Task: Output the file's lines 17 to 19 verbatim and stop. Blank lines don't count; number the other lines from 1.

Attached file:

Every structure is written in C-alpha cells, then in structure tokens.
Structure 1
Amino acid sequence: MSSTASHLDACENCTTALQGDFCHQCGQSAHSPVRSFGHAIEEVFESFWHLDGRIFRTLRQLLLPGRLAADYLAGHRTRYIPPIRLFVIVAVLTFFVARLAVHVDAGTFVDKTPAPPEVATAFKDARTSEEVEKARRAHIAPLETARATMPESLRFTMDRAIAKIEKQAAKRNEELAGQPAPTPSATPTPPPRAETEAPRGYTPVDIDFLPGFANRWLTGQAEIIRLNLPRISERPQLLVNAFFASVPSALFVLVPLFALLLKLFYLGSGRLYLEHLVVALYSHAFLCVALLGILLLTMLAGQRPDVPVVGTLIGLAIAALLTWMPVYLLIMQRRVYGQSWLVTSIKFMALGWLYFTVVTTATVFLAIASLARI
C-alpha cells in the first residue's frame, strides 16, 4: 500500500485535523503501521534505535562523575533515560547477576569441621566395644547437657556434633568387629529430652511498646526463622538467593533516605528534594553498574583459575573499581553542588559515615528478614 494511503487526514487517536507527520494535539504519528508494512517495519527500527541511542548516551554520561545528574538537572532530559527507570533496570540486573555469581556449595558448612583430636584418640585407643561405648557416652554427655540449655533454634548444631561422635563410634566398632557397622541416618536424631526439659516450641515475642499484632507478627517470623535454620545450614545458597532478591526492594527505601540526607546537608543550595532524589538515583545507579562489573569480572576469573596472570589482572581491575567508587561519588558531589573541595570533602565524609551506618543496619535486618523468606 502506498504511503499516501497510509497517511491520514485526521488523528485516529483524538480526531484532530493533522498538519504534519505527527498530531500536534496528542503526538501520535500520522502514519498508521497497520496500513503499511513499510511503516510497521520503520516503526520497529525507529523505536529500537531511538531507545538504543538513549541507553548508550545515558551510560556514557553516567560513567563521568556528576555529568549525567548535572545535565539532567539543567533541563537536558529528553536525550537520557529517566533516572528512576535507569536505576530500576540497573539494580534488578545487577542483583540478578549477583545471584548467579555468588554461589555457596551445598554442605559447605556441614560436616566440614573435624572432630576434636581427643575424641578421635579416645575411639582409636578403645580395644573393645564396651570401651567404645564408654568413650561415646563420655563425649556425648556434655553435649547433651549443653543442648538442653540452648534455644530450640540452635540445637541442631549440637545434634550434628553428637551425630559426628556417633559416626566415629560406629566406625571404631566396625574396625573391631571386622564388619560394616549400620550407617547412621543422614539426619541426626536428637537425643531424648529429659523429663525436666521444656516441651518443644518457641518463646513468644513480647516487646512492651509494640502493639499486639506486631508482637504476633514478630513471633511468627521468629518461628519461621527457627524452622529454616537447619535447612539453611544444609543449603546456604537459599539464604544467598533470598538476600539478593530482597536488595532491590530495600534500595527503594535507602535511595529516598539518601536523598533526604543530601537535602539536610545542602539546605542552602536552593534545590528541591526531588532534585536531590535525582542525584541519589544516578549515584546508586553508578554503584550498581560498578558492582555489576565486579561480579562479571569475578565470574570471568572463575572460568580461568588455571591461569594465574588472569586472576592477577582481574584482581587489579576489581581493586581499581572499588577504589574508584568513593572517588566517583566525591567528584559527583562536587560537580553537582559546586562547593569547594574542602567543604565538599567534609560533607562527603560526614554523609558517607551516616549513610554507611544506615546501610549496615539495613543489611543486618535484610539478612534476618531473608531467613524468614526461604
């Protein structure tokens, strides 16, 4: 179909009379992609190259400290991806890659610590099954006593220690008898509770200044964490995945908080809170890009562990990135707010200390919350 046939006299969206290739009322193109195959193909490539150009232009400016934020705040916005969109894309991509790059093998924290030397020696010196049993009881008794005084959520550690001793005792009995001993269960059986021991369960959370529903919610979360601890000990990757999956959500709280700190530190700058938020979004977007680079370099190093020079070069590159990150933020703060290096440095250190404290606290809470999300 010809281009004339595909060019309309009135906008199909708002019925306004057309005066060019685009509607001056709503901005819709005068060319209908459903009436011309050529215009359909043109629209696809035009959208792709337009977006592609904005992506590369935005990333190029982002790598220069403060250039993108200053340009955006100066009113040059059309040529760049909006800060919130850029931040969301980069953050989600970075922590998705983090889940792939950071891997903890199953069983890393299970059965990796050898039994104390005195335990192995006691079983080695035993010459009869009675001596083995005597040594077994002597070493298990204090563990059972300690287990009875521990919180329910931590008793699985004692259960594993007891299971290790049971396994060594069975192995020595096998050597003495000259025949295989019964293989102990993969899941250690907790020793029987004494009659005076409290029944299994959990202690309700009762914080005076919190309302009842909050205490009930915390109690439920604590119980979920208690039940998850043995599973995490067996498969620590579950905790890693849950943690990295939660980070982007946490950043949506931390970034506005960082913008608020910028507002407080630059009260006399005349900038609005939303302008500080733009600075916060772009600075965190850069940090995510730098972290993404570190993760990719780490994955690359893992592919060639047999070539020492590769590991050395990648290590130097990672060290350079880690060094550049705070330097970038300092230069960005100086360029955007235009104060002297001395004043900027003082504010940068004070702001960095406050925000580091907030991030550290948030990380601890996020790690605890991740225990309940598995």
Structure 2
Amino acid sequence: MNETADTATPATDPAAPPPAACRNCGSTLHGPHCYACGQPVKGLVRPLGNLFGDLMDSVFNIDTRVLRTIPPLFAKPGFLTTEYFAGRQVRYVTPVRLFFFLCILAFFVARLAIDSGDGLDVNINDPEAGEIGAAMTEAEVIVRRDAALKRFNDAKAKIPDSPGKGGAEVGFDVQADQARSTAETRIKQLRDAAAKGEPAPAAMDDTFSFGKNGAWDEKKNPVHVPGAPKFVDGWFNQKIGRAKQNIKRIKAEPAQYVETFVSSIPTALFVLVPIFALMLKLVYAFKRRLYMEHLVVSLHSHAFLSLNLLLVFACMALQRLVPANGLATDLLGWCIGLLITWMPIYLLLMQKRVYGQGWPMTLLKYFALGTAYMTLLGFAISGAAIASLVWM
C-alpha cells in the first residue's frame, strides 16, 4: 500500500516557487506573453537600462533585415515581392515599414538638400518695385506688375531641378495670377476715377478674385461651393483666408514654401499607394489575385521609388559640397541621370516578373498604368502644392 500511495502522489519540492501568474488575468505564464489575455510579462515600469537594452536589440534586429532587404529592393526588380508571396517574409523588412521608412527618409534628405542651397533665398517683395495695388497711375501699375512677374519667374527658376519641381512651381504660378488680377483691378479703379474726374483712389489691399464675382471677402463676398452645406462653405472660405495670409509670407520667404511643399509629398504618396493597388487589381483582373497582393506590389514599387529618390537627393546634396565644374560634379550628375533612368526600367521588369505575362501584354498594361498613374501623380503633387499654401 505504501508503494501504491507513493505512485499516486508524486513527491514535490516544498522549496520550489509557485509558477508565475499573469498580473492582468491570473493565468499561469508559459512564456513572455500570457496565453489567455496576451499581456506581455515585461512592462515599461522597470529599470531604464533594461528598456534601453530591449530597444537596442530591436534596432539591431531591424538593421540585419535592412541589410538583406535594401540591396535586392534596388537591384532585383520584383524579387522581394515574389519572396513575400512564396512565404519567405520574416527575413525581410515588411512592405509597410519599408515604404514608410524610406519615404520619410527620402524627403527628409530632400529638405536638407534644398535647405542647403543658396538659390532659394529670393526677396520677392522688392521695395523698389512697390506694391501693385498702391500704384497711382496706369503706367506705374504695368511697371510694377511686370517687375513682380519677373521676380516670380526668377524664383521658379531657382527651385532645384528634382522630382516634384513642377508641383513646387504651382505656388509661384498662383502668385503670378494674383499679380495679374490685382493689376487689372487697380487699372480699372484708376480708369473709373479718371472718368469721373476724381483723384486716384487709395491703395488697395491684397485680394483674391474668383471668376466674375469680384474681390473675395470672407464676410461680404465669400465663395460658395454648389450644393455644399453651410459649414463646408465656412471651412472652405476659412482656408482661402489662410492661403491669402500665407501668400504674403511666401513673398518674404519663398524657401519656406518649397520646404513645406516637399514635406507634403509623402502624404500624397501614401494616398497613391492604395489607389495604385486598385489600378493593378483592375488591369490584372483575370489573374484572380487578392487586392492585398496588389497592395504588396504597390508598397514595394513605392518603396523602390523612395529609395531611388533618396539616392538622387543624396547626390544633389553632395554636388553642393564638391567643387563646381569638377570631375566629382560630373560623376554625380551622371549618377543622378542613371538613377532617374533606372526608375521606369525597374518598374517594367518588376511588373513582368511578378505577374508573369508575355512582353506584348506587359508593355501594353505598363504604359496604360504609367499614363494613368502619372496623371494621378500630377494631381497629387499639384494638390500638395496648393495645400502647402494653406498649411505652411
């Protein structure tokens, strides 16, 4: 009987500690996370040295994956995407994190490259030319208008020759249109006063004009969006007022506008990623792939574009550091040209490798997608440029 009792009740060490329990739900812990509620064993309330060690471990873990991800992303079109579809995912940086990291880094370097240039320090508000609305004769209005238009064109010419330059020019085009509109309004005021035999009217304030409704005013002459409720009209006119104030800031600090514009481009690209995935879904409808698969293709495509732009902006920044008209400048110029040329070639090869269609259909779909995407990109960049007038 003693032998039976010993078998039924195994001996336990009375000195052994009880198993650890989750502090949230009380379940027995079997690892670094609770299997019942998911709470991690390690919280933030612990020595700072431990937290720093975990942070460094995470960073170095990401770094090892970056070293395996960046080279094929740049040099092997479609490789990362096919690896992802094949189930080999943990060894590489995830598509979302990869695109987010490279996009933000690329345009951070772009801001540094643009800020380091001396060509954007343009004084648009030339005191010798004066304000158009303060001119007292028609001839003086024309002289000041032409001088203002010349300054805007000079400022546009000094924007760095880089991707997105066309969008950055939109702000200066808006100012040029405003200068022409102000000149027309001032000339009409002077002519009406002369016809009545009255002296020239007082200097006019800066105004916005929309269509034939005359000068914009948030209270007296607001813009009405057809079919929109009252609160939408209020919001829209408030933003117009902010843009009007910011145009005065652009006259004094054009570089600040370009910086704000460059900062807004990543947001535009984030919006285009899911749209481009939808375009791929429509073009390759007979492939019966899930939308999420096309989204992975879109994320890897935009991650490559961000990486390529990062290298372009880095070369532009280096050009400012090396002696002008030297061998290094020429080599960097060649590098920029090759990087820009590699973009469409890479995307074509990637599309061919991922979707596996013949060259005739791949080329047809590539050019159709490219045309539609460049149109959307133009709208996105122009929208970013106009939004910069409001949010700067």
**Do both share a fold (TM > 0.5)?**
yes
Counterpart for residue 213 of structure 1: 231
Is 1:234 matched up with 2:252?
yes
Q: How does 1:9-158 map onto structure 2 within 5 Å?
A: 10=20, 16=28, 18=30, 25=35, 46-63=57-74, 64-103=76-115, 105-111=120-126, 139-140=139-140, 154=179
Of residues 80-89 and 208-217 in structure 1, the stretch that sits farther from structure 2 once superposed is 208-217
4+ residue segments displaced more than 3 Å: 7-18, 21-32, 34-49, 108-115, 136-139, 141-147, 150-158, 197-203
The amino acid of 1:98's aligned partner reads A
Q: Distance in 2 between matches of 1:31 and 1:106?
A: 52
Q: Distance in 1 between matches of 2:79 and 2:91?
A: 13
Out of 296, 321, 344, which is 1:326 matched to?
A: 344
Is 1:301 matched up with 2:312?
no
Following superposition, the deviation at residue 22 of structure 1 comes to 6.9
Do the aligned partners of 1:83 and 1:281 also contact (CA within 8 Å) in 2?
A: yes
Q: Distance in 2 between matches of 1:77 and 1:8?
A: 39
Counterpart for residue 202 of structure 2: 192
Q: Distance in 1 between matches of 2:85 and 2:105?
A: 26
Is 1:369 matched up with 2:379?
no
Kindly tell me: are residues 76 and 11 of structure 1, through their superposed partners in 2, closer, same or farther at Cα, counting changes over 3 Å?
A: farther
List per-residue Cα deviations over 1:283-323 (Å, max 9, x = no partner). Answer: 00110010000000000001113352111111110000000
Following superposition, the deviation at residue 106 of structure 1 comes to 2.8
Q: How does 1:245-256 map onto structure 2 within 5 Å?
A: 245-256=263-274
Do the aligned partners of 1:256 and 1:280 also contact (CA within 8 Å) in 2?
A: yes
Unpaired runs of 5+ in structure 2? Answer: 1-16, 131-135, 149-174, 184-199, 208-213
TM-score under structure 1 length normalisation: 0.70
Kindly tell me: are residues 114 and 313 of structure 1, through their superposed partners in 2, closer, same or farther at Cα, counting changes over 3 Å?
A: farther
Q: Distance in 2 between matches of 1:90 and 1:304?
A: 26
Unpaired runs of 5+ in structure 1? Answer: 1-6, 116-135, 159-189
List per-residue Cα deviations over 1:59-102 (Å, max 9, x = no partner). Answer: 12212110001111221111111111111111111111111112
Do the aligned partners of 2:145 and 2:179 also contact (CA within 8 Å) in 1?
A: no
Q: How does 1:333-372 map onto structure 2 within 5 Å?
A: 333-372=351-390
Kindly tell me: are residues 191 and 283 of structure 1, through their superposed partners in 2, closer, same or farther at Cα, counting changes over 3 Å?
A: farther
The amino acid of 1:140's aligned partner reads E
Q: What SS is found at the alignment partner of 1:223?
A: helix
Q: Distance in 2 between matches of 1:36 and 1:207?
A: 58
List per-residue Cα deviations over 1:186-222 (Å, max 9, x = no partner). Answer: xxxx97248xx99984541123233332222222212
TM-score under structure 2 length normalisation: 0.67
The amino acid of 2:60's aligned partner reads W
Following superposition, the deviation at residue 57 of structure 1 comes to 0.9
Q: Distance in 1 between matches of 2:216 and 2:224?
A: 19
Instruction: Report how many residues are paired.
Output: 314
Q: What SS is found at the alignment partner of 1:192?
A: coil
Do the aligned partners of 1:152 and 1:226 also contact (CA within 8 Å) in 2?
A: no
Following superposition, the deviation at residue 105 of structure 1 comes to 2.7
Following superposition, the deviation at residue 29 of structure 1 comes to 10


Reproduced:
Of residues 80-89 and 208-217 in structure 1, the stretch that sits farther from structure 2 once superposed is 208-217
4+ residue segments displaced more than 3 Å: 7-18, 21-32, 34-49, 108-115, 136-139, 141-147, 150-158, 197-203
The amino acid of 1:98's aligned partner reads A